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Maryland Prosecutor to Release Sentencing Dashboard

The Frederick County State's Attorney's Office is working to publicly share data about sentences and plea offers in the cases it prosecutes. The data will include information like case outcomes, race and ethnicity data and more.

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(TSN) — The Frederick County State's Attorney's Office is working to publicly share data about sentences and plea offers in the cases it prosecutes.

Frederick County and other Maryland jurisdictions will eventually have public "data dashboards" with information such as how case outcomes break down by race and ethnicity or number of new cases with defendants with prior criminal records.

Frederick County State's Attorney Charlie Smith said the project is aimed at transparency and publicizing fairness.

Frederick County is also working on a separate but related project with academics from various universities on sentencing transparency, as well as a statewide effort, Smith said.

The Prosecutorial Performance Indicators, a nonprofit organization that helps to create data dashboards across the country, is helping to build data dashboards for various jurisdictions in Maryland that are working on similar efforts.

Those include Montgomery, Prince George's and Charles counties and Baltimore City. Wicomico County is considering its own dashboard, said Melba V. Pearson, who is co-manager of PPI and the director of prosecution projects at Florida International University's Jack D. Gordon Institute for Public Policy.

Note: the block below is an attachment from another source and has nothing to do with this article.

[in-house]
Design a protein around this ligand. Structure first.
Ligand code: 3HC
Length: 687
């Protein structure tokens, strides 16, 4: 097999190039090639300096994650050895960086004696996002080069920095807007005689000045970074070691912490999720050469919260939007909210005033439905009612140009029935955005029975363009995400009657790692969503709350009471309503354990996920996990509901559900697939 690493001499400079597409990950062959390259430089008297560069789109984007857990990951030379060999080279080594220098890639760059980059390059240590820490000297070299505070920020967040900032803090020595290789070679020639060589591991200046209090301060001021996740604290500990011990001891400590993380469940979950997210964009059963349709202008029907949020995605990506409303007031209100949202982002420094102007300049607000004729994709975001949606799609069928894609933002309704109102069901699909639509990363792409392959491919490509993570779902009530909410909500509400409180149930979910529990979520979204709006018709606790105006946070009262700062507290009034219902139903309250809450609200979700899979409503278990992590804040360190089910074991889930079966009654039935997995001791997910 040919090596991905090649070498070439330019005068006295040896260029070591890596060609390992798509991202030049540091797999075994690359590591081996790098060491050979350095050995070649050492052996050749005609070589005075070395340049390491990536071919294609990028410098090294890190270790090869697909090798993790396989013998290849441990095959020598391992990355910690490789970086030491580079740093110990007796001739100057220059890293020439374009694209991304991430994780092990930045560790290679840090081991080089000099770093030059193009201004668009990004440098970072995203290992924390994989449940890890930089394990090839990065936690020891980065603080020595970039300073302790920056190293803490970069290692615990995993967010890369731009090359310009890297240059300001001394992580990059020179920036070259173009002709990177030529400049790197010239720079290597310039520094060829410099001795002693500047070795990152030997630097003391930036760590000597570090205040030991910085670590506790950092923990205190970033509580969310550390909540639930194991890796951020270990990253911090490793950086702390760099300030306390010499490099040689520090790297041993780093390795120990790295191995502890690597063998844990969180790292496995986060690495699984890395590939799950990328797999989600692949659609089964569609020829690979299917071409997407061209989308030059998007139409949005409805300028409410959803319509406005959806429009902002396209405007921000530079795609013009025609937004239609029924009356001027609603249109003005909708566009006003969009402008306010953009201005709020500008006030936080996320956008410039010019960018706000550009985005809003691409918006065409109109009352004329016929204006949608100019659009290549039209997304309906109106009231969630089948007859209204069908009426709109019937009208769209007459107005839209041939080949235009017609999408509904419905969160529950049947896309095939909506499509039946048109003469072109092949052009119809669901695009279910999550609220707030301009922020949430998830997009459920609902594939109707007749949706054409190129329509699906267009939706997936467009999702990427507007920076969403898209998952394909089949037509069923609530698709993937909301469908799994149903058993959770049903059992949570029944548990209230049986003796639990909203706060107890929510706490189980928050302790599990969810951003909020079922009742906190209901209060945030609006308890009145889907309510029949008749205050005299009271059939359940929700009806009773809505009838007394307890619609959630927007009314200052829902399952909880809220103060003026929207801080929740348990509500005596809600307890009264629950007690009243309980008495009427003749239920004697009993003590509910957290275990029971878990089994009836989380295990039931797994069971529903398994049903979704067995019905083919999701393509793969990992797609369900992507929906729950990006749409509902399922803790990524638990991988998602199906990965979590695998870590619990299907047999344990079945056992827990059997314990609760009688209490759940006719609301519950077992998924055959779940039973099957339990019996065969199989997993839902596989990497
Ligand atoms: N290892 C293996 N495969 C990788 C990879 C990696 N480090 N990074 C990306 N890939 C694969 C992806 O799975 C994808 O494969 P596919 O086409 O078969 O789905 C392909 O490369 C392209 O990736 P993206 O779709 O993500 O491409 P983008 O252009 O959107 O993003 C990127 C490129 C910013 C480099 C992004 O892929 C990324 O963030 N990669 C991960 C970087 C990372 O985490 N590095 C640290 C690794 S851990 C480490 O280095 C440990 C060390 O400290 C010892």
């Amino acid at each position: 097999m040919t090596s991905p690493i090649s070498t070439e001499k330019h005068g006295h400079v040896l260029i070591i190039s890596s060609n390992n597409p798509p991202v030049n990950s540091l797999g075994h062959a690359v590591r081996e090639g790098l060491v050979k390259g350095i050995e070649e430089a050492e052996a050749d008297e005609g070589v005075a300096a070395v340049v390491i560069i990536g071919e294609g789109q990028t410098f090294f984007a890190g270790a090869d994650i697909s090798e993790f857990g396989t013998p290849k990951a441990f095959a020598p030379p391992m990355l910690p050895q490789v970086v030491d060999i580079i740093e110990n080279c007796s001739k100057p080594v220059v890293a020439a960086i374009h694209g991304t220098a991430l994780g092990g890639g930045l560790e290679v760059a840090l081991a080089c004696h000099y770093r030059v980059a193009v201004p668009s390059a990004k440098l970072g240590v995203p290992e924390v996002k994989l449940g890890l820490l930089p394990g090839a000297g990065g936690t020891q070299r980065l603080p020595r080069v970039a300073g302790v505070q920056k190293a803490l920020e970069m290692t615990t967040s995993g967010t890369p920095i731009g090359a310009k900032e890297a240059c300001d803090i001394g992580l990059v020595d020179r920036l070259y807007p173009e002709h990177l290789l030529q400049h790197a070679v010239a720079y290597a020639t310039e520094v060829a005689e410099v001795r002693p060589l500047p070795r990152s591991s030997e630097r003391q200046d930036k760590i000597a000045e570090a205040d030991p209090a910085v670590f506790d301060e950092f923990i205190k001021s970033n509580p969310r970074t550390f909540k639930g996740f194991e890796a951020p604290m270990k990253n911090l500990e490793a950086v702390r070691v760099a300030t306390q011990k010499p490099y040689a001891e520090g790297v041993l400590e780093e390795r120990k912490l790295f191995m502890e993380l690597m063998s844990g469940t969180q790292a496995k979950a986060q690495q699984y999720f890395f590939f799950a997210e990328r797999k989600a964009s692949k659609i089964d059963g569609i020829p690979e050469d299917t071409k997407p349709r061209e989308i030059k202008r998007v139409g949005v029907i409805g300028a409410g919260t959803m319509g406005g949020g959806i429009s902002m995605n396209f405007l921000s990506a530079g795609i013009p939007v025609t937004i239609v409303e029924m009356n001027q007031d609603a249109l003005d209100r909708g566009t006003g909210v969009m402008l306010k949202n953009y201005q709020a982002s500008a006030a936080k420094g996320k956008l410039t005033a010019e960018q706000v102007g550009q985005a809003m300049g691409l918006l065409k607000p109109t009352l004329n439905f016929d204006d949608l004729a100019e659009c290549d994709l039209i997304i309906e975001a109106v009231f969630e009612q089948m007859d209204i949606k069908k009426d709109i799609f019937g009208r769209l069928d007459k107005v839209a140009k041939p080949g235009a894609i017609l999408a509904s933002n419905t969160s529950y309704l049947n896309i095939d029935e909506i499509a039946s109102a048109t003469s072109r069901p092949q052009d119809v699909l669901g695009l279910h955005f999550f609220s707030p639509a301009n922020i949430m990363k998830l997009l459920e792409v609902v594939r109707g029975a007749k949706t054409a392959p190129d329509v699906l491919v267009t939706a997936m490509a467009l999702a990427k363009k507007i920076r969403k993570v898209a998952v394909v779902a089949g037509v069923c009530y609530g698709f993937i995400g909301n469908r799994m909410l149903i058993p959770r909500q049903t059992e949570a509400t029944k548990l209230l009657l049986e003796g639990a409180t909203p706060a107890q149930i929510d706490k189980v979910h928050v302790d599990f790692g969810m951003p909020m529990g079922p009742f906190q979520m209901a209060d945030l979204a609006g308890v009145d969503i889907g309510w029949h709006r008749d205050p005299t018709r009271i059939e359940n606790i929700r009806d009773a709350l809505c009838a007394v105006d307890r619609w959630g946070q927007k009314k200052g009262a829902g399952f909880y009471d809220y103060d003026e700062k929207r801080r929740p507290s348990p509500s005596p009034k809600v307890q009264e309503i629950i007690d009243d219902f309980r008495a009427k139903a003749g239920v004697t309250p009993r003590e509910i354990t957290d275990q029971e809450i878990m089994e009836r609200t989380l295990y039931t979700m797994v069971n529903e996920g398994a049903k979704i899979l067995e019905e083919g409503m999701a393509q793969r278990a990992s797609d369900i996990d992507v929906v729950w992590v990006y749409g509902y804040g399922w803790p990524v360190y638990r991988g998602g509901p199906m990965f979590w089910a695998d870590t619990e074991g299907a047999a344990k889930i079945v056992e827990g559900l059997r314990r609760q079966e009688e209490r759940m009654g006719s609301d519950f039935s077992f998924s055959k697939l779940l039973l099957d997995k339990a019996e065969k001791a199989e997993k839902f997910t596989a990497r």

Some data will be broken down by race and ethnicity, Smith said.

Smith said he believes the data transparency projects will reveal that Frederick County State's Attorney's Office prosecutors are not biased in how they handle cases.

"There is a national narrative out there that there is mass disproportionality occurring in the criminal justice system," Smith said. "I believe that we're going to disprove that narrative."


The Maryland Judiciary Case Search, a publicly accessible database that provides records on court cases statewide, has limitations for helping state's attorney's offices create sentencing transparency reports, said Joyce King, chief counsel at the Frederick County State's Attorney's Office.

Only a few data points are collected through Case Search, King said.

The new data dashboards will instead primarily rely on each jurisdiction's internal case management systems for tracking cases, Pearson said.

PPI has a "menu" of 55 indicators, or data points, on a host of issues available for dashboards.

Indicators include, for example, the average number of cases handled by prosecutors and extensive data on how cases are treated, such as how often cases are dismissed, broken down by race and ethnicity.

Each dashboard costs about $200,000 to $250,000 to create, but the dashboards are provided to jurisdictions at no cost, Pearson said.

Pearson was not able to give specific numbers on the cost in Frederick County.